But our guest today, ANDREA GRIMES, an Austin-based journalist and activist who has been covering state GOP conventions since 2010, argued in an op-ed at MSNBC late last week that such views by major media outlets "aren’t merely outdated. They’re patently incorrect, contradicted by demonstrable evidence that the Texas GOP platform has been driving policy in Texas and beyond not just recently, but for several years."

She joins us to detail that case today, warning that while all of these planks may sound crazy, increasingly radicalized and extremist Republicans and their office holders in Texas "and beyond" are telling us exactly what they plan to do and have a record, going back years now, of enacting into law some of the state GOP party's most appalling measures. Once fringey ideas that began as little more than seemingly buffoonish platform planks dismissed by media outlets as sops to the party's most extremist elements have since become mainstream Republican party orthodoxy and enacted into law in Texas and many other states. The failure by mainstream media to notice and warn that "these people are not messing around" continues to ill-serve the nation.

Grimes details how the problem goes back to at least the "Tea Party" days and the "white racist reactionary political movement" that rose up in response to the nation's first Black President. But that has accelerated, she says, since 2016 "with the rise of Trump" and "a Republican Party that is living its best, most crazy life at this point, achieving win after win in terms of policy."

So why are these state GOP party platforms, much of which have become law in recent years, still being downplayed by editors at mainstream state and national media outlets, rather than being regarded as the warnings that they are?

"The phrase that continues to come into my head over and over is 'normalization bias'," Grimes tells me. "It's very difficult to come to grips with the true terrors of our political reality because they are outrageous. It is outrageous for Samuel Alito to be flying an upside-down American flag at his home. It is outrageous for Trump to foment an insurrection. It's outrageous for insurrectionists to storm the U.S. Capitol. These things are outrageous. And I think there's a sense among members of the mainstream media that, if they can strive to pursue the maintenance of objectivity and normalization, that things will somehow even out on their own, and they won't be asked to truly describe the world as it is. They won't be asked to go into this uncomfortable place of appearing biased, when in fact they would simply be describing reality."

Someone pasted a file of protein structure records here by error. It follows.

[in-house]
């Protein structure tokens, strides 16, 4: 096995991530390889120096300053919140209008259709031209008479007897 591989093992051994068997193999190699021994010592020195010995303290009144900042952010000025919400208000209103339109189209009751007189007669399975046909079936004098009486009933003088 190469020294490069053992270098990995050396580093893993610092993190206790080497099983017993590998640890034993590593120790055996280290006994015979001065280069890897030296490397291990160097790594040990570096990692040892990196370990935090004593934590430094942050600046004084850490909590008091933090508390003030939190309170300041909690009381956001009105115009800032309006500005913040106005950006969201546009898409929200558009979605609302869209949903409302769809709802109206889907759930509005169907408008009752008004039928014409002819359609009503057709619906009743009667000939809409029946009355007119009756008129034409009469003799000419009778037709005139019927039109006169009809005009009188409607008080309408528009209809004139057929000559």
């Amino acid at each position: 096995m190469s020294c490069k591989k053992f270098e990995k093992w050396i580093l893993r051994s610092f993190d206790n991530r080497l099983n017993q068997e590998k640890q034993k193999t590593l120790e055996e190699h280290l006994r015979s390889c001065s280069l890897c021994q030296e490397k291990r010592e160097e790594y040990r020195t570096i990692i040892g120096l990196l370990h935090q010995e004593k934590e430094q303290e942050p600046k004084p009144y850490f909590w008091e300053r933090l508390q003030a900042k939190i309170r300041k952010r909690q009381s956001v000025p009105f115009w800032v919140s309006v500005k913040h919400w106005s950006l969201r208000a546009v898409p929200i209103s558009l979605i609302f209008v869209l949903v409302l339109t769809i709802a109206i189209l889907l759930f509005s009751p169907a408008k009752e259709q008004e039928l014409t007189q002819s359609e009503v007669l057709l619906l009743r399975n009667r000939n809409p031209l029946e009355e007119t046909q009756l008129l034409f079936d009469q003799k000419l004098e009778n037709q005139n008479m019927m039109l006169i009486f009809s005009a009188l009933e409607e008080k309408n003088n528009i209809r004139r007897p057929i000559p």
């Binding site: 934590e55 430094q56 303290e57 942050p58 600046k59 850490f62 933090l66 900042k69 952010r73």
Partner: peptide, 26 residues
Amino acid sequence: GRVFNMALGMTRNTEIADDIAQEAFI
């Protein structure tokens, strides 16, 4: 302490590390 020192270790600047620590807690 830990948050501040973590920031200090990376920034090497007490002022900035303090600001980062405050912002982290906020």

"American journalism is so rooted in this conceit of objectivity. It is so beholden to this idea," she adds. We've got much more to discuss along these lines today, including whether there is any analogue to this phenomenon on the Democratic side (spoiler alert: nope, nothing even close) and what, if anything, can now be done by Americans to stem the tide of radicalism, particularly if media outlets continue to fail call it out for what it is. It's a great conversation, I think, that I hope you tune in for!

FINALLY... Just before the close of today's show, news breaks out of Georgia that the state Appeals Court has placed a pause on Fulton County District Attorney Fani Willis' sprawling conspiracy indictment against Trump and 18 co-conspirators for their alleged criminal scheme to steal the 2020 election in Georgia, as an appeal by the defendants to remove Willis from the case moves forward. Upshot for now: The case was highly unlikely, at this point, to get to trial before November. Now it absolutely won't.